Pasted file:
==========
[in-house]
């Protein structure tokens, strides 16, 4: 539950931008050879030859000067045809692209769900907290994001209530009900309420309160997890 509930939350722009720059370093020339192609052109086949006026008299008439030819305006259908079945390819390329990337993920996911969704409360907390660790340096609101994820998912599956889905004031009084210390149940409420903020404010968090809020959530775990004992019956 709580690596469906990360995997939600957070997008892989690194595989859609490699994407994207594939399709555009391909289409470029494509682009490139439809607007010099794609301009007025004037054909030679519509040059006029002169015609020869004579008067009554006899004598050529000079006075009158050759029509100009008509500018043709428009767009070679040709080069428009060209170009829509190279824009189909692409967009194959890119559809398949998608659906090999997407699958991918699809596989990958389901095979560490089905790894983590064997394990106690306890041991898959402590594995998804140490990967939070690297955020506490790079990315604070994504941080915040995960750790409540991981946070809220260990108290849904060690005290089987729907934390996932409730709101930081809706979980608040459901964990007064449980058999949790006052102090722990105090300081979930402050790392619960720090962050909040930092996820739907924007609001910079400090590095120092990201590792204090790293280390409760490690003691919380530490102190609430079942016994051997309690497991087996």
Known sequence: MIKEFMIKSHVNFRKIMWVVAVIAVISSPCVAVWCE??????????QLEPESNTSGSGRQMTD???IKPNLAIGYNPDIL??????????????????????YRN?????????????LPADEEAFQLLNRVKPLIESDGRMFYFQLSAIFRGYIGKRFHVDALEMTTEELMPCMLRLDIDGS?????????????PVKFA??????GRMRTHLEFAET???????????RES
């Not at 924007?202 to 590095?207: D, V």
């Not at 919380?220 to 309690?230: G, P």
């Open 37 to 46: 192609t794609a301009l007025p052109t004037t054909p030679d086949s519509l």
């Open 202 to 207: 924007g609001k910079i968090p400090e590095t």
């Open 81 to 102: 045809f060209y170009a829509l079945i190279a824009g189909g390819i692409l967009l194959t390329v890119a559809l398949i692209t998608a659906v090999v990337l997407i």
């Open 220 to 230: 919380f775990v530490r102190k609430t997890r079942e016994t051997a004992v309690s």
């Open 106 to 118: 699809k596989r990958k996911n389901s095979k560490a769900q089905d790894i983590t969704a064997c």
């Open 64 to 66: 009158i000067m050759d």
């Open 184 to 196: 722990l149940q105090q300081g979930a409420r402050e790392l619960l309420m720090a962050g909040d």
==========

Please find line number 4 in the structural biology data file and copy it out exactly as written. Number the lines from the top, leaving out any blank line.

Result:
């Not at 924007?202 to 590095?207: D, V």